On October 16th, 2023, the Italian government preliminarily approved the first implementing decree of the tax reform, which was ratified in its principles by Parliament last August (Law No. 111/2023).
This first decree, which has not yet entered into force, revises the concept of tax residence for individuals for income tax purposes, in line with international practices and double taxation conventions.
It is worth nothing that the current legislation (Article 2 of the Italian Income Tax Code) provides that individuals are considered tax resident if, for the greater part of the tax year (i.e. more than 182 days during a calendar year or more than 183 in case of leap year), they are:
- enrolled in the Italian Register of the resident population; or
- domiciled in Italy, which means that they have established in Italy the principal center of their business and interests, including family and social relationships, pursuant to article 43 of the Italian Civil Code; or
- resident in Italy, which means that they have established their habitual abode there, pursuant to article 43 of the CC. The above three conditions are alternatives; therefore, tax residence arises if just one of the conditions is met.
According to the new law, individuals are considered residents if they have their domicile or residence in Italy for most of the tax year, considering even fractions of days, or if they are present in Italy.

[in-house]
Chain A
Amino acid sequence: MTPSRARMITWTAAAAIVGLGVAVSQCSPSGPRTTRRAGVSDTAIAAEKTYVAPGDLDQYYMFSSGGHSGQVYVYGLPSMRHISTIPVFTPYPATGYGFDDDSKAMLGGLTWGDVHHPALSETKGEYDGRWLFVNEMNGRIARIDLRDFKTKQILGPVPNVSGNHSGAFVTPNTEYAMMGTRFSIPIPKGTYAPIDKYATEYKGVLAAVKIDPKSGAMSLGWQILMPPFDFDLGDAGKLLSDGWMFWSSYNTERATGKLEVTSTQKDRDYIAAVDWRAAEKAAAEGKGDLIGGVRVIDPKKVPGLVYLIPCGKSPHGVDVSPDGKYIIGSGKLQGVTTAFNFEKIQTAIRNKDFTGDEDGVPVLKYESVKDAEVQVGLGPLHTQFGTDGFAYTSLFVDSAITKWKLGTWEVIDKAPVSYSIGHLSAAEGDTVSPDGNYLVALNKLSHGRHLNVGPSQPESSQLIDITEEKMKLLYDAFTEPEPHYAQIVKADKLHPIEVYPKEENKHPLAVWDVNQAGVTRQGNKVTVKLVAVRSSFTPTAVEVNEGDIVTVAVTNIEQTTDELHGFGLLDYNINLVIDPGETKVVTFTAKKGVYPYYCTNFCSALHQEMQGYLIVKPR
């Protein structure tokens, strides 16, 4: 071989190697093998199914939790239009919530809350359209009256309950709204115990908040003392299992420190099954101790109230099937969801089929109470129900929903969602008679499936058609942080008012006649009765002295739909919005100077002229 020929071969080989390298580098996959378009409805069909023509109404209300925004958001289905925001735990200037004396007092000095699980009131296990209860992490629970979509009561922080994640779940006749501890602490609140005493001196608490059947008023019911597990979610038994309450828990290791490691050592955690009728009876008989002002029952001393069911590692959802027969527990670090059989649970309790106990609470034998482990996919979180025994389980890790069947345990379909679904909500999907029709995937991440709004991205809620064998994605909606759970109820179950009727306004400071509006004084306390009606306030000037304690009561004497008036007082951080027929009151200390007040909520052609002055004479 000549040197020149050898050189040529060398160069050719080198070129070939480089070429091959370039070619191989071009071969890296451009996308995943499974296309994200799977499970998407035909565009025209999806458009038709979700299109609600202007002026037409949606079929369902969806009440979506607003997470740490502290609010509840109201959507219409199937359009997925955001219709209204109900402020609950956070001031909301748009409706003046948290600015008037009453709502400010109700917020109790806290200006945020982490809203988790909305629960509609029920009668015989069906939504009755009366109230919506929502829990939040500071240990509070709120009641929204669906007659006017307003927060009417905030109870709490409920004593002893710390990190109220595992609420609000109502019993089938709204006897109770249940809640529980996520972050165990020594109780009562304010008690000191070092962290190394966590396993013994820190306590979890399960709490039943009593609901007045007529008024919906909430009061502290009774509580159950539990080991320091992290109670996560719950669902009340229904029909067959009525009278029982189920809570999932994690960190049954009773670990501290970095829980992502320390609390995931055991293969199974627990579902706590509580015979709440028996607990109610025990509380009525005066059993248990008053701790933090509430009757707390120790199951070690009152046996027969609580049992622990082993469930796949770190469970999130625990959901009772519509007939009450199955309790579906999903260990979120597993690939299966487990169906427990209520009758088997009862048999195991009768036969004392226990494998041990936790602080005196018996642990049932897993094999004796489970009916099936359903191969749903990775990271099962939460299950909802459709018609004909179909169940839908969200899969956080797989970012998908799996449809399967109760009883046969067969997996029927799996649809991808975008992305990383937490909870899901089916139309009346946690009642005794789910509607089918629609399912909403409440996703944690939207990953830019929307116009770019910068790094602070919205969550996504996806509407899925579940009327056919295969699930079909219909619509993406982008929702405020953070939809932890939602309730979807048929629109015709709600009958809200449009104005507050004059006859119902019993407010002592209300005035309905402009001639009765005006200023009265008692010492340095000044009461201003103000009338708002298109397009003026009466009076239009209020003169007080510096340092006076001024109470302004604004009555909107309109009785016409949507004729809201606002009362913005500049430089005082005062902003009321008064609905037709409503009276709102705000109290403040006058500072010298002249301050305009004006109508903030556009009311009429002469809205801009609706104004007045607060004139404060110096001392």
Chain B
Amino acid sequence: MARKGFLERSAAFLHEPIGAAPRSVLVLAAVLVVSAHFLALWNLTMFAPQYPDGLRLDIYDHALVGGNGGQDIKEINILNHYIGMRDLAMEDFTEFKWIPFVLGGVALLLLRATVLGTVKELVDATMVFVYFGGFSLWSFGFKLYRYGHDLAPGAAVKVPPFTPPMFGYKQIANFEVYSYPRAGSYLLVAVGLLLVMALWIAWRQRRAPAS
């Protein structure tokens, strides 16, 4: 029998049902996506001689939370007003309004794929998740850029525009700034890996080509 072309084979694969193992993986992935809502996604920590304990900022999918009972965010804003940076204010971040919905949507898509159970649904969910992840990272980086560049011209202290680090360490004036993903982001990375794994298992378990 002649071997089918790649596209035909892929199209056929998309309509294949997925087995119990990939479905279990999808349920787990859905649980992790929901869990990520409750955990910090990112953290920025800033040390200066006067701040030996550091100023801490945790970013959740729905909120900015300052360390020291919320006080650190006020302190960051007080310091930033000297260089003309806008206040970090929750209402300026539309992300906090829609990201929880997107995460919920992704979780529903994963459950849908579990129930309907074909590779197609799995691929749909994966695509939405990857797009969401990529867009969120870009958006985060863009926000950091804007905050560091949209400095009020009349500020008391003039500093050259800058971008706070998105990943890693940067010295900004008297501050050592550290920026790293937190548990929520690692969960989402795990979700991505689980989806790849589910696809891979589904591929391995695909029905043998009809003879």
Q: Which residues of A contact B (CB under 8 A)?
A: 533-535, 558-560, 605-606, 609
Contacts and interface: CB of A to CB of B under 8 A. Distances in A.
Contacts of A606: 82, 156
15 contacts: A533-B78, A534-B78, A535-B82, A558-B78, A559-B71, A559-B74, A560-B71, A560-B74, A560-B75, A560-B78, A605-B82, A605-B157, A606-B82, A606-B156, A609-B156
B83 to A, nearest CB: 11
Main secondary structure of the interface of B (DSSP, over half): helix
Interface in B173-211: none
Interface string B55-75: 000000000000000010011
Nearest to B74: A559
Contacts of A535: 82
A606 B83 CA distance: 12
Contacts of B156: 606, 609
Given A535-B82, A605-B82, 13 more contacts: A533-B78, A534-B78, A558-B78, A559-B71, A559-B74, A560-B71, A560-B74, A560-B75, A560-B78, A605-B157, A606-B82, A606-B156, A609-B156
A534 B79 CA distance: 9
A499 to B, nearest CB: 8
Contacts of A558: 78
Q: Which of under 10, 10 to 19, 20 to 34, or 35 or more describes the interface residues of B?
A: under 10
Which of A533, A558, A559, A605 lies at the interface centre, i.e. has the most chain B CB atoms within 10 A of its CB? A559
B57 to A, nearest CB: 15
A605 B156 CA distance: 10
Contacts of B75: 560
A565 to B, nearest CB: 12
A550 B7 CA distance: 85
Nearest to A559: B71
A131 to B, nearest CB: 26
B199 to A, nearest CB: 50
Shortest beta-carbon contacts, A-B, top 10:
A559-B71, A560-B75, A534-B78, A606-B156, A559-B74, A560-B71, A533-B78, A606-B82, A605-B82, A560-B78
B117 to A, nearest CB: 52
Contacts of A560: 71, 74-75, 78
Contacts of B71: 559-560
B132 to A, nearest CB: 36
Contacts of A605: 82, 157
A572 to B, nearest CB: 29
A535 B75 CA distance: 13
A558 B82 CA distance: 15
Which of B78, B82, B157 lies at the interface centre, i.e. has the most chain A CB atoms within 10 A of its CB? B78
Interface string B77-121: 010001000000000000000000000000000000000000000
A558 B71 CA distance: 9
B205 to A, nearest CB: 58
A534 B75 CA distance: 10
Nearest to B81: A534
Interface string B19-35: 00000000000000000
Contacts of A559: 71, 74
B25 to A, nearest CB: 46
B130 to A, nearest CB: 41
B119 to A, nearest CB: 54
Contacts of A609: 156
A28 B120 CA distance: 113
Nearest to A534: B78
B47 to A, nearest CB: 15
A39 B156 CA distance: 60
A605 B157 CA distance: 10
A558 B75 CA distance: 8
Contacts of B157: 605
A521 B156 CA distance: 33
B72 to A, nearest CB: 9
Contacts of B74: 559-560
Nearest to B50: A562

Domicile is defined as the place where the person's personal and family relationships are primarily developed. Unless proven otherwise, individuals who are registered in the population register for most of the tax year are also presumed residents.
The new law introduces four key changes:
- the definition of domicile is clarified to emphasize that the place where the person's personal and family relationships are developed prevails over the center of economic and patrimonial interests.
- A new, "fourth criterion" of determining tax residence is introduced, consisting of "presence" in Italy for most of the tax year.
- In the calculation of the "majority of the tax year," explicit reference is also made to "fractions of days."
- Registration in the population register for most of the tax year is now a "relative" presumption, rather than an absolute indication of tax residence, subject to the application of tie-breaker rules in case of concurrent foreign tax residence. This change aims at avoiding recurrent tax issues of those individuals living abroad who did not cancel from the population register.
The tax reform does not change Article 2, paragraph 2-bis of the Italian Income Tax Code, which provides that Italian citizens who are removed from the population register and move to “black list” Countries are also considered residents, unless proven otherwise.
Finally, it should be remembered that the reference period for tax residence is the calendar year, and that Italian domestic law does not provide for the "split year" rule, under which a natural person may be considered tax resident for a fraction of a year. This rule is applied only to Switzerland and Germany, by virtue of specific clauses in their respective double taxation treaties.
The new rules are expected to take effect on January 1st, 2024.